Monday, September 10, 2007

The Spirituality Of Windchimes

When I woke up very early on Sunday morning I could smell my granddaughter's hair as she lay on the pillow between my wife and me. I gently slid out of bed hoping to not wake her. I dressed and did all my other morning chores in the dark. I quietly left the house for my monthly trip to the monastery. With coffee cup in hand I drove down the highway in a gentle rain. As daylight approached and I left the interstate for the more solitary Highway 245, I realized that fog covered the land and hills. The fog enhanced my solitude and deepened it. I settled in for a relaxing drive. Soon I was at the home of my friend, Father Dennis. Sometimes I stop at his home for mass so that he has a congregation of one. When the two of us have mass together, it is simple and prayerful. He does the priest stuff and I do everything else. Instead of a homily, we have a dialogue. Afterwards I headed to the monastery for my monthly gathering. We had some new folks in the group that generated some wonderful and deep conversation. Much of the conversation made me think back to the men's retreat I attended a few weekends ago. During that time, and yesterday, much was said about pain, suffering, and adversity. We all know these things exist in life. Life, not being fair, doesn't divide these things up equally. Some seem to have more than others and few are deserving. One thought I keep having is that we can become overwhelmed with pain, suffering, and adversity to the point we begin to believe this is all life has to offer. A relationship with God, and the spiritual journey, can benefit greatly from our pain. However, I think it is important to remember the JOY is also a part of the spiritual life. The contemplative life is a life lived with a grateful heart. In, around, and through our pain, we must also be open to joy. In our discussion at the monastery someone said that Thomas Merton, who lived at Gethsemani, was so in tune with the spiritual life that he was like a wind chime. I think this means that he was so open to the experience of God that the most subtle movements of grace moved him towards God and joy like a gentle breeze causes a wind chime to play beautiful notes. May we all be like wind chimes in our lives! When I left the monastery there was still a slight misting of rain. By the time I neared Interstate 65, it was like driving under Niagara Falls. Between the rain and the spray from semi trucks I could barely see enough to drive. As soon as I got off the interstate, it started to clear up. When I finally got home, the little girl I left sleeping in my bed in the early morning greeted me with a smile and a big hug. Now that was joyful!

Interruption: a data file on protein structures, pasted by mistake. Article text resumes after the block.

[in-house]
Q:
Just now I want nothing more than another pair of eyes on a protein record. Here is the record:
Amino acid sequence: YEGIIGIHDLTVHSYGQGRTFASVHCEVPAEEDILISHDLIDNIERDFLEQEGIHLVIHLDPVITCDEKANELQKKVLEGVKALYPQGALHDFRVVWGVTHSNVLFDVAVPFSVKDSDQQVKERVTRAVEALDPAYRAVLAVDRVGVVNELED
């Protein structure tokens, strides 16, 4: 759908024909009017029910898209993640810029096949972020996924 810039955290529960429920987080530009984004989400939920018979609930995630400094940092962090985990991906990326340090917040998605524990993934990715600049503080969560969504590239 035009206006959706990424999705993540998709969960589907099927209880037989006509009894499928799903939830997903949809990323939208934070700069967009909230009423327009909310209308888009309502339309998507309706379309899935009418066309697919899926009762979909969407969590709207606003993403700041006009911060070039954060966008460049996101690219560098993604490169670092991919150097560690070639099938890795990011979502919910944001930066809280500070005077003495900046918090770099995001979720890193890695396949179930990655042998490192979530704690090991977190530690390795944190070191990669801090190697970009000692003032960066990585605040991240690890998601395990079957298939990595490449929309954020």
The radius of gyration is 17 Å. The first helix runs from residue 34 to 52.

Over the weekend we celebrated my daughter in law's birthday. We went to dinner on Saturday night. It was Chloe's first experience of a Japanese steakhouse and hibachi grill. The four foot flame that shot from the grill when the chef started cooking definitely got her attention as did all the theatrics used to make our meal. We can now add fried rice to the list of Chloe's favorite foods. She even used chop sticks!

Finally.....I was one of several thousand who did the Alzheimer's Memory walk. Most of my extended family, including my mother and father, were also there. It was a great experience for all of us and approximately $300,000 was raised to fight Alzheimer's. My thanks to those of you who made a contribution.

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